In type 1 diabetes (T1D), autoreactive cytotoxic CD8⁺ T cells are implicated in the destruction of insulin‐producing β cells. The HLA‐B*3906 and HLA‐A*2402 class I genes confer increased risk and promote early disease onset, suggesting that CD8⁺ T cells that recognize peptides presented by these class I molecules on pancreatic β cells play a pivotal role in the autoimmune response. We examined the frequency and phenotype of circulating preproinsulin (PPI)‐specific and insulin B (InsB)‐specific CD8⁺ cells in HLA‐B*3906⁺ children newly diagnosed with T1D and in high‐risk HLA‐A*2402⁺ children before the appearance of disease‐specific autoantibodies and before diagnosis of T1D. Antigen‐specific CD8+ T cells were detected using human leucocyte antigen (HLA) class I tetramers and flow cytometry was used to assess memory status. In HLA‐B*3906⁺ children with T1D, we observed an increase in PPI5–12‐specific transitional memory CD8⁺ T cells compared to non‐diabetic, age‐ and HLA‐matched subjects. Furthermore, PPI5–12‐specific CD8⁺ T cells in HLA‐B*3906⁺ children with T1D showed a significantly more antigen‐experienced phenotype compared to polyclonal CD8⁺ T cells. In longitudinal samples from high‐risk HLA‐A*2402⁺ children, the percentage of terminal effector cells within the InsB15–24‐specific CD8⁺ T cells was increased before diagnosis relative to samples taken before the appearance of autoantibodies. This is the first study, to our knowledge, to report HLA‐B*3906‐restricted autoreactive CD8⁺ T cells in T1D. Collectively, our results provide evidence that β cell‐reactive CD8⁺ T cells restricted by disease‐associated HLA class I molecules display an antigen‐experienced phenotype and acquire enhanced effector function during the period leading to clinical diagnosis, implicating these cells in driving disease.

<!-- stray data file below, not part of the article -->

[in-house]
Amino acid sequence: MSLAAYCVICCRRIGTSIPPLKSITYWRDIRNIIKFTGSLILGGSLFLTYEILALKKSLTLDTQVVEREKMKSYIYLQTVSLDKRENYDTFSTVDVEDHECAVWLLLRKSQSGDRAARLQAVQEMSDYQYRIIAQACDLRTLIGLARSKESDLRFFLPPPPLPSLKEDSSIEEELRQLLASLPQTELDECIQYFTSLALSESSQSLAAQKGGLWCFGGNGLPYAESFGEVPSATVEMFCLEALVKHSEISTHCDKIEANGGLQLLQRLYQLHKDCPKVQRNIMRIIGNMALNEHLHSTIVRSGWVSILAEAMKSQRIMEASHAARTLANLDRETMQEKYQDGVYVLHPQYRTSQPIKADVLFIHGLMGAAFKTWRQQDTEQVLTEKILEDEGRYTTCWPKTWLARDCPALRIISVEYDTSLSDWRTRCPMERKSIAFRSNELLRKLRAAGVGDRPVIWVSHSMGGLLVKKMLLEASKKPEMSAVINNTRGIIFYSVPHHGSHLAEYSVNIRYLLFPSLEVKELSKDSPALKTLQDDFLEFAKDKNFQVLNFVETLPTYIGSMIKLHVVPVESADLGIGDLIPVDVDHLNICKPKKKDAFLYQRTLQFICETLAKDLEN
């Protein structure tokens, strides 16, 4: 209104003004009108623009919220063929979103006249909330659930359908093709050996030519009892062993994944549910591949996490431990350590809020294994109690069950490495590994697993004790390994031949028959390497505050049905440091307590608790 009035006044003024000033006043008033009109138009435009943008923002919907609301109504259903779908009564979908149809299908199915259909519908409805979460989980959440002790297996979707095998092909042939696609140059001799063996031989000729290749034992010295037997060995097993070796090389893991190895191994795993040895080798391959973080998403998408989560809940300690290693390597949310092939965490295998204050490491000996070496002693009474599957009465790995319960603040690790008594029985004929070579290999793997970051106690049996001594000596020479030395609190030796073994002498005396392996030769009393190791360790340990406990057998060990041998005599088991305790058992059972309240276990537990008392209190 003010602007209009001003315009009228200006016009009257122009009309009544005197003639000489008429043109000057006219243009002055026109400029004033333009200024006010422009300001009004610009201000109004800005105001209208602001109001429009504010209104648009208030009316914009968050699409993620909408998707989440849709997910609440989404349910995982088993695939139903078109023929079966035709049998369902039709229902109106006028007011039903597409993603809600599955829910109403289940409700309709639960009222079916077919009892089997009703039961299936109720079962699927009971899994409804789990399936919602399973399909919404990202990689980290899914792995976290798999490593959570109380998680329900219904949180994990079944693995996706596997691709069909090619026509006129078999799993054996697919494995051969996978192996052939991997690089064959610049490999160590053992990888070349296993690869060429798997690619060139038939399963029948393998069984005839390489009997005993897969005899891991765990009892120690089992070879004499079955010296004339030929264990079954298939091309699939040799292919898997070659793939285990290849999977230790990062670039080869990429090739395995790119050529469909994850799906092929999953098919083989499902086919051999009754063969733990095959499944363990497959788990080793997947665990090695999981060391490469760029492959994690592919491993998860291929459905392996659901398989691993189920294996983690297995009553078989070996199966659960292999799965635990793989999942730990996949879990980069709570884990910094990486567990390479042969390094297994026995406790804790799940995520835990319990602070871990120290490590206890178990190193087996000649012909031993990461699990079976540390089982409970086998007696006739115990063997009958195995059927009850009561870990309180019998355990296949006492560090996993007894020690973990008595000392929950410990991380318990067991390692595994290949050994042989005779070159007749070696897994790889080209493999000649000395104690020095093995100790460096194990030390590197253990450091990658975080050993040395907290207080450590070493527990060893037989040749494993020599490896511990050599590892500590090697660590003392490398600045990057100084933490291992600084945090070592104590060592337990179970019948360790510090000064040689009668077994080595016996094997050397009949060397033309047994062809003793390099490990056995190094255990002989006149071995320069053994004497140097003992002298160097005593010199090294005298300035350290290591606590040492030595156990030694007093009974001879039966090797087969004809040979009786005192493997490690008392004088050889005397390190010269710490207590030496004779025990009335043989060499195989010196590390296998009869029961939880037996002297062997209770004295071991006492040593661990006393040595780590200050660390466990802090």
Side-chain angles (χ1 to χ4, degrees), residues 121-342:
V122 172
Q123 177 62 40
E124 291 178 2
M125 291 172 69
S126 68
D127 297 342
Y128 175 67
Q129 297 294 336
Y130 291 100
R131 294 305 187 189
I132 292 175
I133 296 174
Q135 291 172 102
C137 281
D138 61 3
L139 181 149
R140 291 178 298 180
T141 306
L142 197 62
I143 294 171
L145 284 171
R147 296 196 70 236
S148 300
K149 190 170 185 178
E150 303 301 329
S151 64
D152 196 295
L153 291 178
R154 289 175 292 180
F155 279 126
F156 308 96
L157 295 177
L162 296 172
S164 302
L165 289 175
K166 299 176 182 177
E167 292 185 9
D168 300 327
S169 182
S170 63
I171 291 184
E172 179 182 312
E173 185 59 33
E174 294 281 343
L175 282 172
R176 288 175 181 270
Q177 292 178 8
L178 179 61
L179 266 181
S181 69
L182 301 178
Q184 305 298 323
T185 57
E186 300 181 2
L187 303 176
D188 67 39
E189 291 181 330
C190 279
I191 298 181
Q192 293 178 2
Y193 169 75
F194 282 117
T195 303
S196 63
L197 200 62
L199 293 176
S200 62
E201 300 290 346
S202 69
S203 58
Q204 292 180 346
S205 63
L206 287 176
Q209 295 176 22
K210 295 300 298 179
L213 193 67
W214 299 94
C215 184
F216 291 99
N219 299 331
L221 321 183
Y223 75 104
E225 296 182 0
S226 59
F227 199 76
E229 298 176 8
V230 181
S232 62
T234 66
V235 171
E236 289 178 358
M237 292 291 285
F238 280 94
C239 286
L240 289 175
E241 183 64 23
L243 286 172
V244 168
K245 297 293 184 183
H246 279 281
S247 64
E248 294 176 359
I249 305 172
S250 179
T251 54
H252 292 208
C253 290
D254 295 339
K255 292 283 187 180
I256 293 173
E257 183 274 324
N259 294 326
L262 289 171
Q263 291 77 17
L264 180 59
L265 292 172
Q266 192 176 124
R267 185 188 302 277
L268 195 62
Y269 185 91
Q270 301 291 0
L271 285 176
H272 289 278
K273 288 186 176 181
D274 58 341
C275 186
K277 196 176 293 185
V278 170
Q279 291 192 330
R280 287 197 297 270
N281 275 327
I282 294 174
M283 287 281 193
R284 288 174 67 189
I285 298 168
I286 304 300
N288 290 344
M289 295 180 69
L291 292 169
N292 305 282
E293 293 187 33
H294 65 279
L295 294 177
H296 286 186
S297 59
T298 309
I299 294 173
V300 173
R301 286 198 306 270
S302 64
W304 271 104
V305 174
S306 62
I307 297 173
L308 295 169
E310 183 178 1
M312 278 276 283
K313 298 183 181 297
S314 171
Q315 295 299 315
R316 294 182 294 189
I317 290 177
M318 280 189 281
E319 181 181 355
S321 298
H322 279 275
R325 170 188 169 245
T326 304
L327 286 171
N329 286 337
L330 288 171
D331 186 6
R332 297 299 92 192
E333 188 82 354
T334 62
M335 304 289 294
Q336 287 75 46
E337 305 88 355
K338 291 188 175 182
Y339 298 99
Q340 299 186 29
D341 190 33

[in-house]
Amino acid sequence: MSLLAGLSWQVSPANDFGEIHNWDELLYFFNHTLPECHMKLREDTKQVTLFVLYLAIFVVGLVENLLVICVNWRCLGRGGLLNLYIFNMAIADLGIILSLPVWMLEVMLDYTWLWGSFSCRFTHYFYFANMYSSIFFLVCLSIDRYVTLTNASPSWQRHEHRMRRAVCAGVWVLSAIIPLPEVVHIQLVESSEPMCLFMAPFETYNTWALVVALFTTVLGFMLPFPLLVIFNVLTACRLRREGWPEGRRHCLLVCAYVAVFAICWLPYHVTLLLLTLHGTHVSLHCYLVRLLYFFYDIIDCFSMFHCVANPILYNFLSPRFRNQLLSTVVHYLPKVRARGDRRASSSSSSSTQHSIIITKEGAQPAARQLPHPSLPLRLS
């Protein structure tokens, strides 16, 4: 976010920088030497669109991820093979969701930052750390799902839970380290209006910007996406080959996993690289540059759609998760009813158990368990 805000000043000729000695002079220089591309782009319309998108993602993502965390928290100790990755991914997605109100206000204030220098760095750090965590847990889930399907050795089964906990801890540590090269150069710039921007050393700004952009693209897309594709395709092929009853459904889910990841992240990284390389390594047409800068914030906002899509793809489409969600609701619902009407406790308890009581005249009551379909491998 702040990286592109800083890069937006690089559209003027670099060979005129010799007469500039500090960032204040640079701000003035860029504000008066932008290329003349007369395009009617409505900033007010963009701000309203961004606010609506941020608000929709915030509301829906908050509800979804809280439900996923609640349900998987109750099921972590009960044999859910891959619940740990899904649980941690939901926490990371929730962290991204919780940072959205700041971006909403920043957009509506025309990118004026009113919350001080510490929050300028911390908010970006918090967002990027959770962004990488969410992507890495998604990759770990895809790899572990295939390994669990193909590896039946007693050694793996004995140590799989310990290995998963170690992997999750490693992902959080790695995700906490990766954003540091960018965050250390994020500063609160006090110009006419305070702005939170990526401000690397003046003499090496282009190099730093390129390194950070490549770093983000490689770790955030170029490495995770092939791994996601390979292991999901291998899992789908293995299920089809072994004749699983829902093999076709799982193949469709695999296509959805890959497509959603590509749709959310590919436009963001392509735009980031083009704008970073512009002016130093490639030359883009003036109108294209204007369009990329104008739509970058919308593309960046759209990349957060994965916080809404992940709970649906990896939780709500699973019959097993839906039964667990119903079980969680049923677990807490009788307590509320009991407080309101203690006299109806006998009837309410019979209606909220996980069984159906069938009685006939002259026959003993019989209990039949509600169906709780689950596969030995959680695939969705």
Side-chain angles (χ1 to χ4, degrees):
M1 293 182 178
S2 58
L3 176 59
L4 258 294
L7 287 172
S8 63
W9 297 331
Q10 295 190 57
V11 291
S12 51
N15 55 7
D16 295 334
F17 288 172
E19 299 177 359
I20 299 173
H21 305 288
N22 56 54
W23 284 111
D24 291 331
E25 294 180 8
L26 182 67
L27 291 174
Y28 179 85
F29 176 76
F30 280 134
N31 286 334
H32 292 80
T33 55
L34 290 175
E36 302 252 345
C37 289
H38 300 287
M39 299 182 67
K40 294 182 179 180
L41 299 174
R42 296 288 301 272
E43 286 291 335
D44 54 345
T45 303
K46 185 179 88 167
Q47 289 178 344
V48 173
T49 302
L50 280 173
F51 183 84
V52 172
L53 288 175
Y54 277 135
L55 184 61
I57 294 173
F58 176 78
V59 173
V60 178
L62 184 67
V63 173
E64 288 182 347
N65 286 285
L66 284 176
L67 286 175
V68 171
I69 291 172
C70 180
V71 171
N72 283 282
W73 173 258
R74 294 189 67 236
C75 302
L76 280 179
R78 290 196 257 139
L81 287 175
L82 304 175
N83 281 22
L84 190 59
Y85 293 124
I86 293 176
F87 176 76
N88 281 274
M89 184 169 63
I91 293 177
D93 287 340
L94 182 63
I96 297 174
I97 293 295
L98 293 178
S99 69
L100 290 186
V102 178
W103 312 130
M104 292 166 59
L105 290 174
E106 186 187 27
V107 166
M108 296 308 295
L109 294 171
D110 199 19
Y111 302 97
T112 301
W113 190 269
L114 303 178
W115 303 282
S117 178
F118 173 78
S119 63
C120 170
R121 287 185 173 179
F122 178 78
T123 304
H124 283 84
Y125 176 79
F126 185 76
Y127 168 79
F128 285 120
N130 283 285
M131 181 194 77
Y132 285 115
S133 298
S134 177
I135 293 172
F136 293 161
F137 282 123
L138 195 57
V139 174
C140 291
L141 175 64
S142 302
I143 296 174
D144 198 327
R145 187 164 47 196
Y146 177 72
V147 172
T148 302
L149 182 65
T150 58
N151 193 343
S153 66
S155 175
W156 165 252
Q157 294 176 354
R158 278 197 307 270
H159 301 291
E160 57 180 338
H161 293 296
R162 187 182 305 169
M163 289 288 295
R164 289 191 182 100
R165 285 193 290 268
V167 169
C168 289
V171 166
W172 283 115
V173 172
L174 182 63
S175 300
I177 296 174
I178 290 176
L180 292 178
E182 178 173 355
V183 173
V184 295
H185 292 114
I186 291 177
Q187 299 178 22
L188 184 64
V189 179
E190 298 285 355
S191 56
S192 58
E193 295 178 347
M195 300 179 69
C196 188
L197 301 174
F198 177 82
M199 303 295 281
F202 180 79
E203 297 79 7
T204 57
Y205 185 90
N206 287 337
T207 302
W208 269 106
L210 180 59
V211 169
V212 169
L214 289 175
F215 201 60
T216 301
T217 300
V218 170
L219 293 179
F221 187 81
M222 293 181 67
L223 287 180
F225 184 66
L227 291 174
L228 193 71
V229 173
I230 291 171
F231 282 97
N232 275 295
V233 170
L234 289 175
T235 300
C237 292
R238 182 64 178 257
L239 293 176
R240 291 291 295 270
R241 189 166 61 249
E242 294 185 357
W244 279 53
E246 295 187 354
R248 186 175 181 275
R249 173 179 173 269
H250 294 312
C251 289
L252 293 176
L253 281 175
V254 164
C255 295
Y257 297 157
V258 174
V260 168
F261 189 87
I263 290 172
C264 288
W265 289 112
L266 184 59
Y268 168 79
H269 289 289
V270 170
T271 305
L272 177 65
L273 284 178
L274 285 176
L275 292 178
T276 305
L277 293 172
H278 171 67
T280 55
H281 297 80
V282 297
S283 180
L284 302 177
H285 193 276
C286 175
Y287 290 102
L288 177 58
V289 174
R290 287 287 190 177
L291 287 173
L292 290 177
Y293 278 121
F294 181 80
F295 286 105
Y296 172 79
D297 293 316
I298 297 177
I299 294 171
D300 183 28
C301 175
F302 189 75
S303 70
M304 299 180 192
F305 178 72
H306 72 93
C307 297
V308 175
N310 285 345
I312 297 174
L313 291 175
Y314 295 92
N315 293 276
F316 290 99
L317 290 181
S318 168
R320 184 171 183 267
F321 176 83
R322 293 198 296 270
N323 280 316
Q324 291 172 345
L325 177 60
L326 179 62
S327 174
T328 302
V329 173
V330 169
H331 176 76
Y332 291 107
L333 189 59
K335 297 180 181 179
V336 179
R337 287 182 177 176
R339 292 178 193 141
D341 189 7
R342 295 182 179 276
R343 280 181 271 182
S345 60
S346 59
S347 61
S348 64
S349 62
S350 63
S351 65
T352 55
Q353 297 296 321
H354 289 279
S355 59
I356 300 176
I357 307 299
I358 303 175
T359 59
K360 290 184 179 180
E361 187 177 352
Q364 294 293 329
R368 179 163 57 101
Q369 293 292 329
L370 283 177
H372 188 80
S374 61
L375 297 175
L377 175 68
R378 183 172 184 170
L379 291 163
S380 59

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Series: Clinical & experimental immunology
ISSN: 0009-9104
ISSN-E: 1365-2249
ISSN-L: 0009-9104
Volume: 199
Issue: 3
Pages: 263 - 277
DOI: 10.1111/cei.13391
Type of Publication: A1 Journal article – refereed
Field of Science: 3121 General medicine, internal medicine and other clinical medicine
3123 Gynaecology and paediatrics
Funding: This work was supported by the UK Department of Health via the National Institute for Health Research (NIHR) Biomedical Research Centre Award to Guy’s and St Thomas’ National Health Service Foundation Trust in partnership with King’s College London and the Juvenile Diabetes Research Foundation (JDRF) award, ‘Immunological markers of beta cell decline in new onset type 1 diabetes’ (17‐2013‐583). Support from the Innovative Medicines Initiative‐2 Joint Undertaking under grant agreement no. 115797 INNODIA, which receives support from the European Union’s Horizon 2020 research and Innovation Programme and EFPIA, JDRF International and The Leona M. and Harry B. Helmsley Charitable Trust to MP is also acknowledged. IPA is in receipt of a Marie Skłodowska‐Curie Individual Fellowship (Grant Agreement no. 704974). A. K. S. is a Wellcome Senior Investigator (WT100327MA). JDRF, the Academy of Finland and Sigrid Jusélius Foundation have supported the DIPP study and the Finnish Pediatric Diabetes Register. The contents of this article are solely the responsibility of the authors.
EU Grant Number: (115797) INNODIA - Translational approaches to disease modifying therapy of type 1 diabetes: an innovative approach towards understanding and arresting type 1 diabetes – Sofia ref.: 115797
Copyright information: © 2019 The Authors. Clinical & Experimental Immunology published by John Wiley & Sons Ltd on behalf of British Society for Immunology. This is an open access article under the terms of the Creative Commons Attribution License, which permits use, distribution and reproduction in any medium, provided the original work is properly cited.